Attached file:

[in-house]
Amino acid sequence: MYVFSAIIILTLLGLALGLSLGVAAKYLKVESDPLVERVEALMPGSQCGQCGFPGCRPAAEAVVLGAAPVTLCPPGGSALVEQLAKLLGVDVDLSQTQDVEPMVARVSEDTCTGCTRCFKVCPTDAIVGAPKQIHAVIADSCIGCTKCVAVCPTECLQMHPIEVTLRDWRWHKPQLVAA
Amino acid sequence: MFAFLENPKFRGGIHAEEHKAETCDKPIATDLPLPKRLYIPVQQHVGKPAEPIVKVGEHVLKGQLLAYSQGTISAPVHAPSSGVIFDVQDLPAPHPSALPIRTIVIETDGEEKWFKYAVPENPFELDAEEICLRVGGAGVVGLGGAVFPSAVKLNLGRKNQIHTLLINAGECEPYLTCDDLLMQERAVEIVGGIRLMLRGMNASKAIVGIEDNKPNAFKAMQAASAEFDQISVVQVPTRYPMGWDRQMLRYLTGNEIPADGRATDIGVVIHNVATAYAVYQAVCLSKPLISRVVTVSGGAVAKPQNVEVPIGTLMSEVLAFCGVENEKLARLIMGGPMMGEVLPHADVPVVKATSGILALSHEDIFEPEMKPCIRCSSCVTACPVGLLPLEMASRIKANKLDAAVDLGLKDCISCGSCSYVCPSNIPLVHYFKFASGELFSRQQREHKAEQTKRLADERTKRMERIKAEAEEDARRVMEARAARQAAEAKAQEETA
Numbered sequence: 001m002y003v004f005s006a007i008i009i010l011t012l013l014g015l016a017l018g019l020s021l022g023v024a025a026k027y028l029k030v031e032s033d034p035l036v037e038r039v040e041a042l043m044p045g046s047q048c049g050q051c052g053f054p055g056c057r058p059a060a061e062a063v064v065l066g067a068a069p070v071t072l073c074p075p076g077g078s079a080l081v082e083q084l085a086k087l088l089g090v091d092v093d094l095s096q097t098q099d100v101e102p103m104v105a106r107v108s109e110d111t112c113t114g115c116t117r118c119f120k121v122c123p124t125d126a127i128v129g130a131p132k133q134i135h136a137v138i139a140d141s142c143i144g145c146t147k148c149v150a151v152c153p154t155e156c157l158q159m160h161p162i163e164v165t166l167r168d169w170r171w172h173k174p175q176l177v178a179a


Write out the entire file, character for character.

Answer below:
[in-house]
Amino acid sequence: MYVFSAIIILTLLGLALGLSLGVAAKYLKVESDPLVERVEALMPGSQCGQCGFPGCRPAAEAVVLGAAPVTLCPPGGSALVEQLAKLLGVDVDLSQTQDVEPMVARVSEDTCTGCTRCFKVCPTDAIVGAPKQIHAVIADSCIGCTKCVAVCPTECLQMHPIEVTLRDWRWHKPQLVAA
Amino acid sequence: MFAFLENPKFRGGIHAEEHKAETCDKPIATDLPLPKRLYIPVQQHVGKPAEPIVKVGEHVLKGQLLAYSQGTISAPVHAPSSGVIFDVQDLPAPHPSALPIRTIVIETDGEEKWFKYAVPENPFELDAEEICLRVGGAGVVGLGGAVFPSAVKLNLGRKNQIHTLLINAGECEPYLTCDDLLMQERAVEIVGGIRLMLRGMNASKAIVGIEDNKPNAFKAMQAASAEFDQISVVQVPTRYPMGWDRQMLRYLTGNEIPADGRATDIGVVIHNVATAYAVYQAVCLSKPLISRVVTVSGGAVAKPQNVEVPIGTLMSEVLAFCGVENEKLARLIMGGPMMGEVLPHADVPVVKATSGILALSHEDIFEPEMKPCIRCSSCVTACPVGLLPLEMASRIKANKLDAAVDLGLKDCISCGSCSYVCPSNIPLVHYFKFASGELFSRQQREHKAEQTKRLADERTKRMERIKAEAEEDARRVMEARAARQAAEAKAQEETA
Numbered sequence: 001m002y003v004f005s006a007i008i009i010l011t012l013l014g015l016a017l018g019l020s021l022g023v024a025a026k027y028l029k030v031e032s033d034p035l036v037e038r039v040e041a042l043m044p045g046s047q048c049g050q051c052g053f054p055g056c057r058p059a060a061e062a063v064v065l066g067a068a069p070v071t072l073c074p075p076g077g078s079a080l081v082e083q084l085a086k087l088l089g090v091d092v093d094l095s096q097t098q099d100v101e102p103m104v105a106r107v108s109e110d111t112c113t114g115c116t117r118c119f120k121v122c123p124t125d126a127i128v129g130a131p132k133q134i135h136a137v138i139a140d141s142c143i144g145c146t147k148c149v150a151v152c153p154t155e156c157l158q159m160h161p162i163e164v165t166l167r168d169w170r171w172h173k174p175q176l177v178a179a